Editor’s Note: Following the release of our original post, WonderRoot staff learned of a recent exhibit showcasing Laura Aguilar’s photography. This exhibit is the “first comprehensive retrospective” assembly of Aguilar’s work. It is open to view until June 3 at the Vincent Price Art Museum at UCLA. Check out Florida International University’s Frost Art Museum website to read a summary of this unique exhibit.
This week our Arts + Advocacy Blog post is dedicated to celebrating the life and work of Laura Aguilar who passed away this week at age 58 due to diabetes related health issues.
(Laura from “Latina Lesbians” series, 1988 via Artillery Magazine)
Laura Aguilar’s practice as a photographer is impossible to separate from her passion for lifting up and advocating for the life stories of people in marginalized groups, including “women, lesbians, Latinas, the working class, overweight people, and those with learning disabilities.” (artnews.com, April 25, 2018). Aguilar’s work specifically explores life on the margins of the margins, where multiple oppressed identities coalesce producing a highly precarious existence.
Laura Aguilar, Plush Pony #13, 1992. Gelatin silver print, 14 x 11 in. (image source: LA Weekly)
Through her photography Aguilar challenged dichotomies between subject and object, often turning her camera on herself. This allows her to have both a physical presence in the work as well as an unseen presence that can be felt with the viewer of the photographs. Aguilar’s work in the 1990’s was decades ahead of our increasingly common conversations today about body politics, gender, and identity. Before these words and concepts were a part of our mainstream vocabulary, Laura Aguilar was creating artwork that dealt with these issues in intimate, compassionate, and urgent ways.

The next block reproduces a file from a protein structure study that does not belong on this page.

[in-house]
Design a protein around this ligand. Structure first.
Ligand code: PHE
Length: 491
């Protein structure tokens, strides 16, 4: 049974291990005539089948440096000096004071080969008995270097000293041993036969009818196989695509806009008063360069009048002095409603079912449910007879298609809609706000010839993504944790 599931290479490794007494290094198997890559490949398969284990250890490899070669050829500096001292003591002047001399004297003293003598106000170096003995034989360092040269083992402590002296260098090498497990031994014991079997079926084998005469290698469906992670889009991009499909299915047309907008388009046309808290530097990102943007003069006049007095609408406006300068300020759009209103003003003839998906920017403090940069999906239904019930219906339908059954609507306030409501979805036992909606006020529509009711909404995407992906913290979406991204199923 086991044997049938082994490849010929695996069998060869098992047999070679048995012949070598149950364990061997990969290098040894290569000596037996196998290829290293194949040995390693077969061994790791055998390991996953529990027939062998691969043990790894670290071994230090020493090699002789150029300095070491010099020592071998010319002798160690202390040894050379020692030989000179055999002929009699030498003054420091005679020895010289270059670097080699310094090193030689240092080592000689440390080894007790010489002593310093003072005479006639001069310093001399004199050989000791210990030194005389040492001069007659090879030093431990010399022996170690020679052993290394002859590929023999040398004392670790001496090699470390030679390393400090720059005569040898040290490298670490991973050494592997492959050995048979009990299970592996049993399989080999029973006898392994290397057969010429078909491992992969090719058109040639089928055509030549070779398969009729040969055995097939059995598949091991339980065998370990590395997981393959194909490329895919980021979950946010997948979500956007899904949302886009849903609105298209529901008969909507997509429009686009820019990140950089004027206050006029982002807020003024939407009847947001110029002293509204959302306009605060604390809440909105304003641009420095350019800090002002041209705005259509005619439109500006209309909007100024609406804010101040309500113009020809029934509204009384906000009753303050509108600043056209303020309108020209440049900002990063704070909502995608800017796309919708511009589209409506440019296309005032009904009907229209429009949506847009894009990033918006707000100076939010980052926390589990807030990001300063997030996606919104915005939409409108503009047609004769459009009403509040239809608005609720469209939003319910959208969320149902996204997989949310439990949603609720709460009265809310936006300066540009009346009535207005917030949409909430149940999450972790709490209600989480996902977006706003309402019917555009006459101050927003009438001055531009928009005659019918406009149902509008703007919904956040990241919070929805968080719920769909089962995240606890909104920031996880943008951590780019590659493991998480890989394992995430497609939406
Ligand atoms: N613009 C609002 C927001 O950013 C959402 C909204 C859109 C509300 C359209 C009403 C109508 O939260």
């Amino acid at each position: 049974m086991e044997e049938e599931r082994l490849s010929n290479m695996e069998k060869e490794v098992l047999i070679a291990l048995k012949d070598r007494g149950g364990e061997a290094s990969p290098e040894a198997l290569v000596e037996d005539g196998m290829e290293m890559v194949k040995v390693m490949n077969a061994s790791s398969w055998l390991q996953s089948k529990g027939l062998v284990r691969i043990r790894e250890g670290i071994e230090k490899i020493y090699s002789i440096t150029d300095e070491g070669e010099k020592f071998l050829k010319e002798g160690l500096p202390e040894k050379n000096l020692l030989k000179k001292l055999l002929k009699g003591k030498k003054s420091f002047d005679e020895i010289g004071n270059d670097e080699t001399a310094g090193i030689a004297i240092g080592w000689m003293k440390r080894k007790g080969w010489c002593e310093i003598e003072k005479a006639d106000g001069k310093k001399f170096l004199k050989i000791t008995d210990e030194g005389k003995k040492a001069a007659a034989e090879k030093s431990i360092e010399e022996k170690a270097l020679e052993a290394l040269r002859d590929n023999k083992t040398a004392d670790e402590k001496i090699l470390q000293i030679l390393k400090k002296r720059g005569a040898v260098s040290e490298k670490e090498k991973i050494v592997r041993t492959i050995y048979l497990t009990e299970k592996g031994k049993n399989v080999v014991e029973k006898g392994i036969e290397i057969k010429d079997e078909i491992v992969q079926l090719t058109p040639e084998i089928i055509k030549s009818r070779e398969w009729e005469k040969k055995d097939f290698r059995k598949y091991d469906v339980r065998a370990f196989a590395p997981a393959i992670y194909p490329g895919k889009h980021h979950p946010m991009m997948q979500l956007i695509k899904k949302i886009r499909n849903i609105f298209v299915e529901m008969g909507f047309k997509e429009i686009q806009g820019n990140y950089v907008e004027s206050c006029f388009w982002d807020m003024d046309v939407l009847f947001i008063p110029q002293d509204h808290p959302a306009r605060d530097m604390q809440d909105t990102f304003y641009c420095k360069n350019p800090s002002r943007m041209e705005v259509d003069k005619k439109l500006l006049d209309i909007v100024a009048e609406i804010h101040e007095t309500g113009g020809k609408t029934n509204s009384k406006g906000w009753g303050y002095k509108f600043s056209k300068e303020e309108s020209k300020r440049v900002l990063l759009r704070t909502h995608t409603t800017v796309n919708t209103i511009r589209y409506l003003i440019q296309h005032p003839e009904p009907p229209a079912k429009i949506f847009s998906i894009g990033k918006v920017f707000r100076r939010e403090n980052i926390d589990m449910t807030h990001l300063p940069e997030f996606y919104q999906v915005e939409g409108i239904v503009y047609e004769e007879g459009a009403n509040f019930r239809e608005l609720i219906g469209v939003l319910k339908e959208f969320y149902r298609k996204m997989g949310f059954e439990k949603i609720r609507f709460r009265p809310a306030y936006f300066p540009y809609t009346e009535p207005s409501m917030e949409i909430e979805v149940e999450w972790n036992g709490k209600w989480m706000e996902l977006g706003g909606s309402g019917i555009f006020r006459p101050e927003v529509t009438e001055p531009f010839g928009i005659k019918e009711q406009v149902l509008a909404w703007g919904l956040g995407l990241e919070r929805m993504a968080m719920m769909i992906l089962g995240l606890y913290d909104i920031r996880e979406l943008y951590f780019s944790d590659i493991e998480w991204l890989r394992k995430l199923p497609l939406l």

Aguilar’s contributions to the field of photography are matched only by her creative passion to upend the marginalization experienced by queer, working class Latina women. For anyone working in the realm of art and advocacy, Laura Aguilar sets a remarkable example as a pioneer both aesthetically and politically. Artnews.com published an article yesterday covering both a history of Aguilar’s life and her robust body of work as a photographer. Read the full article here.